Media’s Ferguson Fable, a morality tale of dark data

On November 24, the St Louis County prosecuting attorney released the news that the grand jury would not indict Darren Wilson on any charges concerning the death of Michael Brown.   After that announcement, stories of rioting, looting, gunfire, and arson dominated the news.    Virtually every news organization and popular opinion writers (bloggers) have presented virtually angle on this story.   I have nothing of significance to add to the actual events that occurred.  Look elsewhere.

I offer some observations as someone (a nobody) who has nearly complete ignorance about this case and is trying to learn what is going on from the news and other reports.   In particular these observations come from a dedomenological perspective.   I am very disappointed in the quality of data that modern journalism has made available to me.

In earlier posts, I described different qualities of data ranging from bright data (well documented and controlled information) to dim data (open to debate) to model-generated data either in the form of dark-data to substitute for ignorance or forbidden data that keeps us ignorant.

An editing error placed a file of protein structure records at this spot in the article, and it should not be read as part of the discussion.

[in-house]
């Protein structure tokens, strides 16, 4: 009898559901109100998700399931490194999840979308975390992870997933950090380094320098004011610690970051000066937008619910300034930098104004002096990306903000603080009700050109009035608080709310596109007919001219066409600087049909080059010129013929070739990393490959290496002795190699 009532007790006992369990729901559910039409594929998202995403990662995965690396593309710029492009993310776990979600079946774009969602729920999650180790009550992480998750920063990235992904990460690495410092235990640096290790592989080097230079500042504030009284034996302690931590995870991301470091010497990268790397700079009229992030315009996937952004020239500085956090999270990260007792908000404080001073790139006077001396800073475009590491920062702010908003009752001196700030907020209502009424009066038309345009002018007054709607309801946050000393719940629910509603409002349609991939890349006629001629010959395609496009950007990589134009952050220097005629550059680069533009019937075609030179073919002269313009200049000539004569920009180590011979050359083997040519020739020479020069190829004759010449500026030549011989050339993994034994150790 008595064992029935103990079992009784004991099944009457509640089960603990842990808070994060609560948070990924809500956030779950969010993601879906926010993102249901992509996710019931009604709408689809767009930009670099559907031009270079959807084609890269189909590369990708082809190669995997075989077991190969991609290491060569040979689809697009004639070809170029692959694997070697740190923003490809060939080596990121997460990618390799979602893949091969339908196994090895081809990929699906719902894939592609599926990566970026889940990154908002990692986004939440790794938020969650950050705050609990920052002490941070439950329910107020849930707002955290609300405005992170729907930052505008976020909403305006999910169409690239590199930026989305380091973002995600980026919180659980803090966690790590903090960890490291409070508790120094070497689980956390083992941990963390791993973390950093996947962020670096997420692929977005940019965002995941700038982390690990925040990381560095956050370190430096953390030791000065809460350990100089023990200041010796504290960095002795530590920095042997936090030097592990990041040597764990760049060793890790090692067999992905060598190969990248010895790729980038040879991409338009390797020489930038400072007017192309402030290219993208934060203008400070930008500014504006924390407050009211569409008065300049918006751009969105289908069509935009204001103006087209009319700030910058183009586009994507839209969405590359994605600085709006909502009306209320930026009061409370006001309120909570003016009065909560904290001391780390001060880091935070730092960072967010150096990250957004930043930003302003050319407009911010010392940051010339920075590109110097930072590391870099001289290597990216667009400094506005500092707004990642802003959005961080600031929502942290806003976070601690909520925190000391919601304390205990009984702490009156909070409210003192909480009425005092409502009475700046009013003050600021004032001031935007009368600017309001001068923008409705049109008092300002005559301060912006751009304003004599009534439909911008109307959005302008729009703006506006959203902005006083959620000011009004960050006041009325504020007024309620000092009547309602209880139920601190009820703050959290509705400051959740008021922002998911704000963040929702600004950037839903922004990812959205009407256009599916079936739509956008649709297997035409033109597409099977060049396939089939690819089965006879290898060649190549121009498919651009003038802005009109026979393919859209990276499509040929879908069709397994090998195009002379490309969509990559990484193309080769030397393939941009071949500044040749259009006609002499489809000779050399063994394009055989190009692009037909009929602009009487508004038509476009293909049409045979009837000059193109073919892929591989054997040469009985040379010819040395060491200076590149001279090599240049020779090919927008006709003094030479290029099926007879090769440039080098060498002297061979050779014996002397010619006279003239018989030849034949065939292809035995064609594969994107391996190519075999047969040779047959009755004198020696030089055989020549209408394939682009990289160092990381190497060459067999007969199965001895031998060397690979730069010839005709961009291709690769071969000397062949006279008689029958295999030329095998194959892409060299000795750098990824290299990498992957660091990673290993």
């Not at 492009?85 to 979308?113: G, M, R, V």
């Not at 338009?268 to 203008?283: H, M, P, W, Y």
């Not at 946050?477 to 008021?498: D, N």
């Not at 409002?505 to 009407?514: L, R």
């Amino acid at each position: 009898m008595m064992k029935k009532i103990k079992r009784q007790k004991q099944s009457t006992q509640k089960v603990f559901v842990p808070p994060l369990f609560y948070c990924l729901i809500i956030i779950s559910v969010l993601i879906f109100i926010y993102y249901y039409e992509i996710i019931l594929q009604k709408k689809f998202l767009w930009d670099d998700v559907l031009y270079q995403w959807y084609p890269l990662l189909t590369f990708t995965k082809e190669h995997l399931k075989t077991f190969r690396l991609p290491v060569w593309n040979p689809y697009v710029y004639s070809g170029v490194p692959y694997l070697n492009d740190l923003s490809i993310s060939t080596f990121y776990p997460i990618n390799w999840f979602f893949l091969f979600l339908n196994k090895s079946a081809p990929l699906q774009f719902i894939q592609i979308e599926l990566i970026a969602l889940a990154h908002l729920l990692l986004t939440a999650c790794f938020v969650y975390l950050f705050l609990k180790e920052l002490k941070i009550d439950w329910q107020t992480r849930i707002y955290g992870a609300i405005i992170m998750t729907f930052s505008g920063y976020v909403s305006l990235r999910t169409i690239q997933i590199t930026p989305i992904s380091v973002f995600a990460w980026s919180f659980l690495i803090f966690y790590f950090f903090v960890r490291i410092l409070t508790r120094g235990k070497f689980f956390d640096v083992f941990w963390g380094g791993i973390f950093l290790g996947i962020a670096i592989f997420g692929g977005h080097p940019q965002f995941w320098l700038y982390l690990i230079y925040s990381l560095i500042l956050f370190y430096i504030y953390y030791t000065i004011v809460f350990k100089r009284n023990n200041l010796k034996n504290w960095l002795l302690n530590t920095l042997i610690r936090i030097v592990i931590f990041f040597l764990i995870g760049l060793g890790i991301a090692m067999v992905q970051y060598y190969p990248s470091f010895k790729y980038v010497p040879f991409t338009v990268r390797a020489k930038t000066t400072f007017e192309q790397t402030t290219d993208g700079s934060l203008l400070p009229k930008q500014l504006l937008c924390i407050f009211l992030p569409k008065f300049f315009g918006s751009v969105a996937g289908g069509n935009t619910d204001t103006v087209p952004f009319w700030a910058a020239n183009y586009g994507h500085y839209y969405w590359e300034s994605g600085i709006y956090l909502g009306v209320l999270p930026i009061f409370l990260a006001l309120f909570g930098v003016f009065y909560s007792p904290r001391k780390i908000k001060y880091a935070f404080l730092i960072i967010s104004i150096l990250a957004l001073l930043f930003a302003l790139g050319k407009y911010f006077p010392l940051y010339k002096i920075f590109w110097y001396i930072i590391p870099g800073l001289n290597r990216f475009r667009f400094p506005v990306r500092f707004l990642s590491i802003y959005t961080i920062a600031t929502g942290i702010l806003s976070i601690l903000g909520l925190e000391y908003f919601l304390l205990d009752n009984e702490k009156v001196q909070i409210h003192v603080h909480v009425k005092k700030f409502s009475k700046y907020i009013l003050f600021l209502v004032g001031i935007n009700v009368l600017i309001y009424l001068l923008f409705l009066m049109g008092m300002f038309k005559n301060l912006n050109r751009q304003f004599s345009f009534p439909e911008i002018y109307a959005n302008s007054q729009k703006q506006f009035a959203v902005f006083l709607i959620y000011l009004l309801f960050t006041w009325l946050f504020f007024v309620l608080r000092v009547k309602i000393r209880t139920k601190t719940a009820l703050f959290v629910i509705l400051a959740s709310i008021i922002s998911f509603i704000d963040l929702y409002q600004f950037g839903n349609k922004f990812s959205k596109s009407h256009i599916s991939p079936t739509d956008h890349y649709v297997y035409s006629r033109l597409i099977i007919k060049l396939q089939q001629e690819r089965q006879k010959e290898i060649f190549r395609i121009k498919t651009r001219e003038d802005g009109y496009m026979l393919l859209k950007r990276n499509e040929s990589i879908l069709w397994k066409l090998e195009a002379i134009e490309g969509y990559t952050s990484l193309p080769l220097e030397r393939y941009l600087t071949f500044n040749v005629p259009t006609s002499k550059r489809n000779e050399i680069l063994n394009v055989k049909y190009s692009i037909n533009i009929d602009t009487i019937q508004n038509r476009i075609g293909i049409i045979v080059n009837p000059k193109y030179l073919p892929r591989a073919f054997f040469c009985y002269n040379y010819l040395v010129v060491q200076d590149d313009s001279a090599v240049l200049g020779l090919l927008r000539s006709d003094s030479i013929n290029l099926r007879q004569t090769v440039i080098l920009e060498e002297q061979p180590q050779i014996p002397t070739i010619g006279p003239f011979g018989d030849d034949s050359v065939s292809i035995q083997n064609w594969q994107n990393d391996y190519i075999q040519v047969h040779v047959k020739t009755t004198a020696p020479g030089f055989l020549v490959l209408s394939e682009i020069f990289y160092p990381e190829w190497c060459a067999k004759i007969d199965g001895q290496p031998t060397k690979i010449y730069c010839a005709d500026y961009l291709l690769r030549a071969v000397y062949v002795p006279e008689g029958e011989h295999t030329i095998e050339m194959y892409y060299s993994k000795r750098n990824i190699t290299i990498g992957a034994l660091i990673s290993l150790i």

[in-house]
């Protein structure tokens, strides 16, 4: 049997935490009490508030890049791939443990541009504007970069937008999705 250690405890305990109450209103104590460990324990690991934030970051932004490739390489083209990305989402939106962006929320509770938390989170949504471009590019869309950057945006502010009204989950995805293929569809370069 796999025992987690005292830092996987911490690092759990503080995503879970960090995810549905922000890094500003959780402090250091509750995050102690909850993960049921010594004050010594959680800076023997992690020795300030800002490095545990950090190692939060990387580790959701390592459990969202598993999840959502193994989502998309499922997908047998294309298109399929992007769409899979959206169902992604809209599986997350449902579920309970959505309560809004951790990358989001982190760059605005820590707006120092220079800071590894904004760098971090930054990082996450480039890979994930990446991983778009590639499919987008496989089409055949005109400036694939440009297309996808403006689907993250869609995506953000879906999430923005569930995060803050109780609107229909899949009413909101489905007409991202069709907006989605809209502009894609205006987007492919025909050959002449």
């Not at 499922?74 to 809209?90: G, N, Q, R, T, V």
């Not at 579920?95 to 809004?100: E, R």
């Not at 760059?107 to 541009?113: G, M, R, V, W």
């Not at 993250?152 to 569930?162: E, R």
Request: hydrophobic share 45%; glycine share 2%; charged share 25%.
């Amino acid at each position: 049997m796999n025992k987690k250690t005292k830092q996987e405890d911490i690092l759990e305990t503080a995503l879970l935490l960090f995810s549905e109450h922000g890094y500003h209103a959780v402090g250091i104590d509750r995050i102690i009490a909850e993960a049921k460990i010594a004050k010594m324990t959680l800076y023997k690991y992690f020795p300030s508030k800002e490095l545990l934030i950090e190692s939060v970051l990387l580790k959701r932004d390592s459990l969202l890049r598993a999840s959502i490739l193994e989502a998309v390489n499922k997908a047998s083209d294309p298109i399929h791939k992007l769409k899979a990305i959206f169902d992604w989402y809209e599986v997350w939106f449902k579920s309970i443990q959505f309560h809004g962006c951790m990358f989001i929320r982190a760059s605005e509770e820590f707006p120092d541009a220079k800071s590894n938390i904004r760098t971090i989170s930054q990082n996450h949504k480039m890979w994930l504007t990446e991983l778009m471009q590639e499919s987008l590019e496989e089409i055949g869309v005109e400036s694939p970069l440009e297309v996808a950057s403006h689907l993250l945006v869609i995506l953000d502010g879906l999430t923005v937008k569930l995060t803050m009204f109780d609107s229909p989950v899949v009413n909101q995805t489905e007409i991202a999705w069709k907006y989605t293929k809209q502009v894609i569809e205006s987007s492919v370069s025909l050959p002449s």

The brightest data in this scenario is the emotions involved.   The protests clearly demonstrated that many people are upset about the circumstances of the original shooting and the later no bill finding of the grand jury.

Much of this outrage comes from the narrative that Michael Brown was shot after showing a gesture of surrender: shot with his hands up.   The controversy depends on whether that in fact actually happened.   The officer claimed he had fired in self-defense in a series of escalating events starting with his being hit in the face while seated in his vehicle.   The grand jury considered the evidence and found that the officer’s account best matched the evidence.    The counter claim for continued outrage was that the prosecutor manipulated the grand jury to get this result.  As I mentioned, the actual details are discussed extensively elsewhere and will continued to be discussed for years to come.  I have nothing to add about this.